A surge in online spending and extra vessel visits in July helped the Port of Long Beach record its busiest month while the Port of Los Angeles saw its highest cargo volumes of the year.
Even with the strong performance for the month, however, the Port of L.A.’s totals fell 6.1% short of its results for July 2019.
At the Port of Long Beach, terminal operators and dockworkers moved 753,081 twenty-foot-equivalent units (TEUs) of cargo last month, beating a record set in June 2018 by 892 TEUs.
Imports at the port increased 20.3% to 376,807 TEUs in July while exports grew 24.1% to 138,602 TEUs. The number of empty containers headed back overseas increased 20.8% to 237,672 TEUs.
“Supply chain workers at the Port of Long Beach expertly handled a welcome surge in cargo that was brought on due to pent-up demand by consumers,” Executive Director Mario Cordero said in a statement. “It was a good month, a bright spot, in the midst of the devastating effects of the coronavirus on the economy.”
Some 856,389 TEUs of cargo passed through the Port of Los Angeles last month, with fewer canceled sailings and 11 unscheduled ship calls boosting both imports and exports.
Imports decreased 4.3% to 456,029 TEUs while exports were down 21.7% to 126,354 TEUs. The volume of empty containers shipped back overseas remained flat at 274,007 TEUs compared to the same period last year.
“The July volumes were good — (it was) the seventh-best month in our 114-year history,” Executive Director Gene Seroka said during a video press conference. “Also showing a 24% increase versus the month of June. … There were fewer canceled sailings — only two in July and only one in August is planned — and none for September just yet.”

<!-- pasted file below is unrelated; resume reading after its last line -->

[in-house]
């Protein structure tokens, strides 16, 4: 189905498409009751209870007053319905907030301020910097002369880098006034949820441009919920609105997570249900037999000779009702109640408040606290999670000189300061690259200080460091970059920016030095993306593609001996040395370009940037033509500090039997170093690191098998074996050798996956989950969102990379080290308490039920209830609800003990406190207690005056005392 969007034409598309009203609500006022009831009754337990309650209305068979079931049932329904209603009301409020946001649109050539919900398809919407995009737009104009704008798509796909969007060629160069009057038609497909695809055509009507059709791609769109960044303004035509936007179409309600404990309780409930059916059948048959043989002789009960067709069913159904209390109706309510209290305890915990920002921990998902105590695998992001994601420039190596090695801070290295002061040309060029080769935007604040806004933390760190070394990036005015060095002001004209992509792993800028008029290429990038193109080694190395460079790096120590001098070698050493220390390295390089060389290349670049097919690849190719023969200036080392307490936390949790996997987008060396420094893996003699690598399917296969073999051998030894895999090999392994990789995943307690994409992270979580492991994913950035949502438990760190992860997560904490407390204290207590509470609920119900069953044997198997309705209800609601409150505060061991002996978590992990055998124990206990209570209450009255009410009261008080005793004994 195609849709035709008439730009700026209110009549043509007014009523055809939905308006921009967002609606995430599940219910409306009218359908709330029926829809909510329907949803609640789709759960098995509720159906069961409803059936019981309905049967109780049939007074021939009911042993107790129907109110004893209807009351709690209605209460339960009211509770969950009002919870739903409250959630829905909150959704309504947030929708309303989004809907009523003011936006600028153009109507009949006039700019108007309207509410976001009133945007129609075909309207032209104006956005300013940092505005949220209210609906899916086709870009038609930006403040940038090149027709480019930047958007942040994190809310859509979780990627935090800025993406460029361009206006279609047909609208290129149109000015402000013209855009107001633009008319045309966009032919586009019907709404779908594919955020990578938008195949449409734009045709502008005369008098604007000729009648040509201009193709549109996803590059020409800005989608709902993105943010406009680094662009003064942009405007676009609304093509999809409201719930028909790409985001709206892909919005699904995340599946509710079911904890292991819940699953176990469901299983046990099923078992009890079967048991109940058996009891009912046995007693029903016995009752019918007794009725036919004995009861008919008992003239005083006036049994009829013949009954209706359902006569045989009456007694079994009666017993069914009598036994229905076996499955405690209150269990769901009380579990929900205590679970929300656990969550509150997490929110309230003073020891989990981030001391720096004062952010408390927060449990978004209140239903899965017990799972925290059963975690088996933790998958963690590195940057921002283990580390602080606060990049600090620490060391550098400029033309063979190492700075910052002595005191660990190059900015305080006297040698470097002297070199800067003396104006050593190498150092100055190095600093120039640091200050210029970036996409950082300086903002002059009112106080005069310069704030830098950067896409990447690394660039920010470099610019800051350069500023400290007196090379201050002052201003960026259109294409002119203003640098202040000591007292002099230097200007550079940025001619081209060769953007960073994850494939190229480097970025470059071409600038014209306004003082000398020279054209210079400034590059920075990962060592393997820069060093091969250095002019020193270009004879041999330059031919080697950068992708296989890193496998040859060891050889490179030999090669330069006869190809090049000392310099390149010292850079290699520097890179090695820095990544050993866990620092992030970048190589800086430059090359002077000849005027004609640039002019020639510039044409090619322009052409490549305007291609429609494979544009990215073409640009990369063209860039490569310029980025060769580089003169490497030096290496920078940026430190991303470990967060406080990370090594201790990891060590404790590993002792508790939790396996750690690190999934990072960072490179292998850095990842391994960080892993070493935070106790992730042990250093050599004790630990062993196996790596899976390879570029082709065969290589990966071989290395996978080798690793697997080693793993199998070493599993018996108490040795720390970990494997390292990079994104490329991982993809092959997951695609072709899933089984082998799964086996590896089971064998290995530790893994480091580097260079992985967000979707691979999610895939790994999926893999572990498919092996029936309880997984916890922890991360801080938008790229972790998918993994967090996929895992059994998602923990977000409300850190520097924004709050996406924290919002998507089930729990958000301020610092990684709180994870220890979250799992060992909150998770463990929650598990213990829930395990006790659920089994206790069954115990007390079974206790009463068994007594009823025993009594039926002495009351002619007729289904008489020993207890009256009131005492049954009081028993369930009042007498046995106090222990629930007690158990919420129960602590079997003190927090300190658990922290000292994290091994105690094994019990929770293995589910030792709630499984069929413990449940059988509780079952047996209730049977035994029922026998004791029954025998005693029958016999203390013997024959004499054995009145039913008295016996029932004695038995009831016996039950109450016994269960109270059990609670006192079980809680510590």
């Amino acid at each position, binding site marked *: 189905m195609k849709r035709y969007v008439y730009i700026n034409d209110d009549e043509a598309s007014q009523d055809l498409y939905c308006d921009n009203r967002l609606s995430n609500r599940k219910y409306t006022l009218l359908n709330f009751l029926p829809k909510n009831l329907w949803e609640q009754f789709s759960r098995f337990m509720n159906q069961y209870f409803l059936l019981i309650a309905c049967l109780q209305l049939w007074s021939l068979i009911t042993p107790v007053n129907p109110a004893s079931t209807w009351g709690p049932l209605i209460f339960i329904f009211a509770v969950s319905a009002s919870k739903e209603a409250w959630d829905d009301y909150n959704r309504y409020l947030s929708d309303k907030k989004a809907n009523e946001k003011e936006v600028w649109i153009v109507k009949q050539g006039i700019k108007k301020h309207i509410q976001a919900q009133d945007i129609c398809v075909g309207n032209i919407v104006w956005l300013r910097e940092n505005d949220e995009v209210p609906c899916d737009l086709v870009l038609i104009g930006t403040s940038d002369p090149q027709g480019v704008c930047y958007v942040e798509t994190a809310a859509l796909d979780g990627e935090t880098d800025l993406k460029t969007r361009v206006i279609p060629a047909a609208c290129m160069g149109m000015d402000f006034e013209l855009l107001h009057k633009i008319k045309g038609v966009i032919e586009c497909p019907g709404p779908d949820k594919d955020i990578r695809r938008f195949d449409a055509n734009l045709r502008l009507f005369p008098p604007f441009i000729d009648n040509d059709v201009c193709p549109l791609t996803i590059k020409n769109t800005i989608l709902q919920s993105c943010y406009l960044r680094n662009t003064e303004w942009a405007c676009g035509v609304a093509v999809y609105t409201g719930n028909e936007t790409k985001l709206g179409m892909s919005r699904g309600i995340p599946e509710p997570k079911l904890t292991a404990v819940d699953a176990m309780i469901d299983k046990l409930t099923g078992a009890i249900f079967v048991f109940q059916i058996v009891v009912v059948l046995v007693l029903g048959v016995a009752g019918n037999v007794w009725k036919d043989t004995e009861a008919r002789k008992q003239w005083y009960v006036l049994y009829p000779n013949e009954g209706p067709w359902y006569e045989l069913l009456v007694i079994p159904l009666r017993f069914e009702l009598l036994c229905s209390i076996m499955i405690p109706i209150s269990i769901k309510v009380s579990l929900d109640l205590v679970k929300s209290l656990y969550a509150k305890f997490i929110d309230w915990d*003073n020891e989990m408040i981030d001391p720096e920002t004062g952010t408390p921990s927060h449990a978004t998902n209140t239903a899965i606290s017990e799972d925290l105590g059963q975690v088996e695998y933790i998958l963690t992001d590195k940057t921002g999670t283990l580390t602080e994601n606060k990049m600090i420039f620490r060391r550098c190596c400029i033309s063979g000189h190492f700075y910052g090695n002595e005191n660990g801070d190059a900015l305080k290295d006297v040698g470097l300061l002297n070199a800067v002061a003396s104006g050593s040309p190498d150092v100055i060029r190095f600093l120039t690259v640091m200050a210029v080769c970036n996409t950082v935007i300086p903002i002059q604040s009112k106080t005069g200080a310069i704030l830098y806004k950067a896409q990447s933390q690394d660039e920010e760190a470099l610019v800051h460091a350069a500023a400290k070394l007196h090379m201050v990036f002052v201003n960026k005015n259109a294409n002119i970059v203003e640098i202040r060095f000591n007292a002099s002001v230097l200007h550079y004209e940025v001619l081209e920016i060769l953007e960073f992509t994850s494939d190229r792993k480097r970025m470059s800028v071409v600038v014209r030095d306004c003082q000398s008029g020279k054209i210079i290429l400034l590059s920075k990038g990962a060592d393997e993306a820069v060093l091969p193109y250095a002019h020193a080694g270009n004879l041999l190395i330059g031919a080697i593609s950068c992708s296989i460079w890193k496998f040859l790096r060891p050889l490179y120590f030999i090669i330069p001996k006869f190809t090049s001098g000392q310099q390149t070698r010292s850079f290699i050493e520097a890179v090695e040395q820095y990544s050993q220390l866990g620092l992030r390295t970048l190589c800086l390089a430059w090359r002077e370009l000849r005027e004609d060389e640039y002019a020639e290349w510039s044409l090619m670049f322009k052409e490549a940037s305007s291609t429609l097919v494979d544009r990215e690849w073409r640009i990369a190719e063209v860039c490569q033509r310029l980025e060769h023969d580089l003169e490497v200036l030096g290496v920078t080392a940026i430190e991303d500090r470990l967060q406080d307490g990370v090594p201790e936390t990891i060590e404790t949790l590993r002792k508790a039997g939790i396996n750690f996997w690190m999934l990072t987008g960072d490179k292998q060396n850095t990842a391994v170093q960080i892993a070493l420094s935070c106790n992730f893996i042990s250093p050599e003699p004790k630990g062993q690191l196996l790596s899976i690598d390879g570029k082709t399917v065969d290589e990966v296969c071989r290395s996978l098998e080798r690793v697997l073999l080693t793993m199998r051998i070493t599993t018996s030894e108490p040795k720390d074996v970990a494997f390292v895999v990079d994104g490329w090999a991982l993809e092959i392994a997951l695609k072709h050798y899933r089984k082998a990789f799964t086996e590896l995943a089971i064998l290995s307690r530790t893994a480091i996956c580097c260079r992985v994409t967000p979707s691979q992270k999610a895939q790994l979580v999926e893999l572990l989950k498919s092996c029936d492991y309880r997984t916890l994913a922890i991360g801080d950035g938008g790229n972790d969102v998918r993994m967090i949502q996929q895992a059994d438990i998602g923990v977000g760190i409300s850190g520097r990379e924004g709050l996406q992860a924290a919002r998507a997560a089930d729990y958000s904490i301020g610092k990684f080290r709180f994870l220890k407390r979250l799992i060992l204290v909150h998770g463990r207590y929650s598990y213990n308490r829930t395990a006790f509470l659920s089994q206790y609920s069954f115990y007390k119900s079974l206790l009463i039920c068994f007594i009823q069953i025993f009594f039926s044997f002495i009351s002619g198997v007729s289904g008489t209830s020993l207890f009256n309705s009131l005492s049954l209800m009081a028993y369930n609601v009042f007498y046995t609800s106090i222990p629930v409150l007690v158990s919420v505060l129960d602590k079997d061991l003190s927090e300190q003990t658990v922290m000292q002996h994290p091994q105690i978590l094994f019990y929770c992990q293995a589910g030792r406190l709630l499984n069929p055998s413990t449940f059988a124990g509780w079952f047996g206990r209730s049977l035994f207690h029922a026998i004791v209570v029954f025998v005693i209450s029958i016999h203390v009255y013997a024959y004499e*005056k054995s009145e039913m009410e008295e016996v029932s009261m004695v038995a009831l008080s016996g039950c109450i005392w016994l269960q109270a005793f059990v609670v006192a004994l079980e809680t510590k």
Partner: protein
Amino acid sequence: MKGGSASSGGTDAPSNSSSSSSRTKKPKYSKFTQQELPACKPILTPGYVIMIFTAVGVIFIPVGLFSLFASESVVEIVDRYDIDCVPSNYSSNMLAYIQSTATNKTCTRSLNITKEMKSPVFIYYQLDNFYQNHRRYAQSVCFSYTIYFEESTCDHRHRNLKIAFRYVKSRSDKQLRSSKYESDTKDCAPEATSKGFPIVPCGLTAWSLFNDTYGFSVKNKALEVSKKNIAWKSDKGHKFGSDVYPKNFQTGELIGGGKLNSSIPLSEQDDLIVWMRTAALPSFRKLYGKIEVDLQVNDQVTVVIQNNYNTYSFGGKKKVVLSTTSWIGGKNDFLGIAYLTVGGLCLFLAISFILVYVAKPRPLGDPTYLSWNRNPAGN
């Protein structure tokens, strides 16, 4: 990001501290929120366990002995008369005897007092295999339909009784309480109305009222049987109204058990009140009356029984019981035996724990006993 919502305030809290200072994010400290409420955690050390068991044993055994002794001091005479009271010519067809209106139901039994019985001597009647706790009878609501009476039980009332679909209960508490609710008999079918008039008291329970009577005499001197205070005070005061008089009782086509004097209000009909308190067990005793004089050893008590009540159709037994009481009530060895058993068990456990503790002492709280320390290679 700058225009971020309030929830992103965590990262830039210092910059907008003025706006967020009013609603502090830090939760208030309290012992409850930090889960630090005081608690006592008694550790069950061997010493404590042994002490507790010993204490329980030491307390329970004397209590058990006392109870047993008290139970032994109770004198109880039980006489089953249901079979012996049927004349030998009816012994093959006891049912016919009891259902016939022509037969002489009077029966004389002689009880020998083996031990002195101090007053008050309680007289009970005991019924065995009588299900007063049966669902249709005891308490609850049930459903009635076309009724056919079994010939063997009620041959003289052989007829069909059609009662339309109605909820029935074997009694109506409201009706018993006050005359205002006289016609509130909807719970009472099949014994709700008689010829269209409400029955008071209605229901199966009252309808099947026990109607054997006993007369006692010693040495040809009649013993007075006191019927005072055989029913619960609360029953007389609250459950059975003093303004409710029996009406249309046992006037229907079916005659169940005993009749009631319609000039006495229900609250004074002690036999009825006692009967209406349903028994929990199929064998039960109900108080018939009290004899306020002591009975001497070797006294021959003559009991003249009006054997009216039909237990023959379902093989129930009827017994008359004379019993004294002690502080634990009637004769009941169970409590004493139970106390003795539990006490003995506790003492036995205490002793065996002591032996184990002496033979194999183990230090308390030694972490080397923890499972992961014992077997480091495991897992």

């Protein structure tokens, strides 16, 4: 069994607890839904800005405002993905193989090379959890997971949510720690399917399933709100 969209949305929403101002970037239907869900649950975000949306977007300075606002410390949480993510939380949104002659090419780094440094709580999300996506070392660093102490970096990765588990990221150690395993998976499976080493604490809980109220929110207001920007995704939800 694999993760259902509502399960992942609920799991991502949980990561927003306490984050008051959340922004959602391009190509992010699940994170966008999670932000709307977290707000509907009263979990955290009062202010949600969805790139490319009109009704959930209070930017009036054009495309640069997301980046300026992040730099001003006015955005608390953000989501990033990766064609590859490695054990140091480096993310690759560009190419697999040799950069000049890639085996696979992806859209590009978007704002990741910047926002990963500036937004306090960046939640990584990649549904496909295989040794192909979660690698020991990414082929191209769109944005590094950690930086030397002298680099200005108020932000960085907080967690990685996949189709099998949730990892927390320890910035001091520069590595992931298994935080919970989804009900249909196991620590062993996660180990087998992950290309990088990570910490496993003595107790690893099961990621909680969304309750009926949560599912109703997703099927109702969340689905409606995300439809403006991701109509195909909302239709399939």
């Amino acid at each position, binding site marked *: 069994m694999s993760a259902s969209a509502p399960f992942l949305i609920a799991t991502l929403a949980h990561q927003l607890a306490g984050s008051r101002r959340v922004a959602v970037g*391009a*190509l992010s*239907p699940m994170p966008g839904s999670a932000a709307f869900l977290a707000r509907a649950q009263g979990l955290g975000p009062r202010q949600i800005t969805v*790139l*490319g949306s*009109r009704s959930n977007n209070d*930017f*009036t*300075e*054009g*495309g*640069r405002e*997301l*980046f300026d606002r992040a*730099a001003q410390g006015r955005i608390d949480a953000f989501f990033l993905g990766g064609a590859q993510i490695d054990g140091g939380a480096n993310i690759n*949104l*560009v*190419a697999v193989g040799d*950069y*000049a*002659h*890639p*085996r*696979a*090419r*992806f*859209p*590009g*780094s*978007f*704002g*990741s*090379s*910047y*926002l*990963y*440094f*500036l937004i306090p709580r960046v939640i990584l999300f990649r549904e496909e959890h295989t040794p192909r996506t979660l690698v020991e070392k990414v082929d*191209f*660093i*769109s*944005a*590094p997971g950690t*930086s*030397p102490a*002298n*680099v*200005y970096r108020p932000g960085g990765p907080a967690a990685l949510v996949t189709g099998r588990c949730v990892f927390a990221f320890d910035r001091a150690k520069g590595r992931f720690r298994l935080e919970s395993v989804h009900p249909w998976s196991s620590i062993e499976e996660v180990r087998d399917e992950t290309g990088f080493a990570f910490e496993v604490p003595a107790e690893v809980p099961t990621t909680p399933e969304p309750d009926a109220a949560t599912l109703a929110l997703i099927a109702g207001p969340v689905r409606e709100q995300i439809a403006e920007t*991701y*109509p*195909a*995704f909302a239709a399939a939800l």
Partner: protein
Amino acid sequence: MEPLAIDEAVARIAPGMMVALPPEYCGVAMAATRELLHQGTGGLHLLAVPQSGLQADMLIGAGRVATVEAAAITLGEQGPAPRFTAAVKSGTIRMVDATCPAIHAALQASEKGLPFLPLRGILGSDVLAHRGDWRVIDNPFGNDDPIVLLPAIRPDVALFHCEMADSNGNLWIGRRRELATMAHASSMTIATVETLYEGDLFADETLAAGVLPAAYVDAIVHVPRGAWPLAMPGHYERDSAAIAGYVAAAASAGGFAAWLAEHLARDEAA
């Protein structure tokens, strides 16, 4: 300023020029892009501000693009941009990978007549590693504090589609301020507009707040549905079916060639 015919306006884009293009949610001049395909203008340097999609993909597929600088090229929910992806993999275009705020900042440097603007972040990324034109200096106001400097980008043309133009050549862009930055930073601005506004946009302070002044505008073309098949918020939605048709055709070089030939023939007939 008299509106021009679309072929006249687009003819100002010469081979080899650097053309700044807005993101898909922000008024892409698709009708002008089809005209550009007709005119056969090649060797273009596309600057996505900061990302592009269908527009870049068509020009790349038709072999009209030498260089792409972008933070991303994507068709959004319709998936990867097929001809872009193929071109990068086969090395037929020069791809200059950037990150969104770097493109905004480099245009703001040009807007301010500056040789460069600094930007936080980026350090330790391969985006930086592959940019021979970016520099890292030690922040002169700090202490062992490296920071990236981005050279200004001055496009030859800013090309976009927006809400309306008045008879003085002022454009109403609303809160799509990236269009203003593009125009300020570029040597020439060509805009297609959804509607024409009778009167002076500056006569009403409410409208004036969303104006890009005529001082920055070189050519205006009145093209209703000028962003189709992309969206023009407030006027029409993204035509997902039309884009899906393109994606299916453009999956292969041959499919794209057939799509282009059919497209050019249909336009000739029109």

Seven months into 2020, overall cargo volume at the port is down 15.3% to 4,618,278 TEUs compared to the same period in 2019. Imports through July trail last year’s volumes by 12.1% while exports and empties are behind 18.3% and 18.7% respectively.
“Exports have been down 20 of the last 21 months, mainly on the heels of trade tensions with China and other policies,” Seroka said.
The port has experienced 11 consecutive months of declines in otal cargo volume, Seroka added.
“The record is 15 consecutive months during the recession of 2008 and 2009, and it’s not a record we want to break,” he said.
Cargo volumes at the neighboring Port of Long Beach totaled 4,186,115 TEUs during the first seven months of 2020, a decline of 2.8% from the same period in 2019.
A similar scenario is playing out at other ports on the West Coast.
The Port of Oakland, which handles nearly all containerized goods moving through Northern California, reported a 6.4% uptick in July imports that totaled 96,420 TEUs.
Exports at the port declined at the same rate to 71,527 TEUs while its year-to-date total cargo volume was down 5.8% compared to the same period in 2019.
“It’s good to see an uptick in cargo activity,” Port of Oakland Maritime Director Bryan Brandes said in a statement “But we’re not doing any victory celebrations because the trade outlook remains unclear as long as the pandemic is with us.”
Oakland port officials attributed a decline in exports to “China’s efforts to bar waste product shipments. Scrap paper is one of the leading U.S. exports from West Coast ports, including Oakland.”
The Northwest Seaport Alliance, a marine cargo operating partnership of the ports of Tacoma and Seattle, handled 270,388 TEUs last month, a 17.2% decline compared to July 2019.
Imports were down 15.9% while exports decreased 23.4%. The alliance reported year-to-date total cargo volume at 1,834,652 TEUs, an 18.2% drop compared to the first seven months of 2019.
It also saw 57 blank sailings through July, the same number it recorded for the entirety of 2019.
“Despite these very difficult times, we remain cautiously optimistic as shipping lines have announced only one more blank sailing through the end of 2020,” alliance Chief Executive John Wolfe said in a statement. “This is a fluid situation, and we’re not out of the woods yet.”
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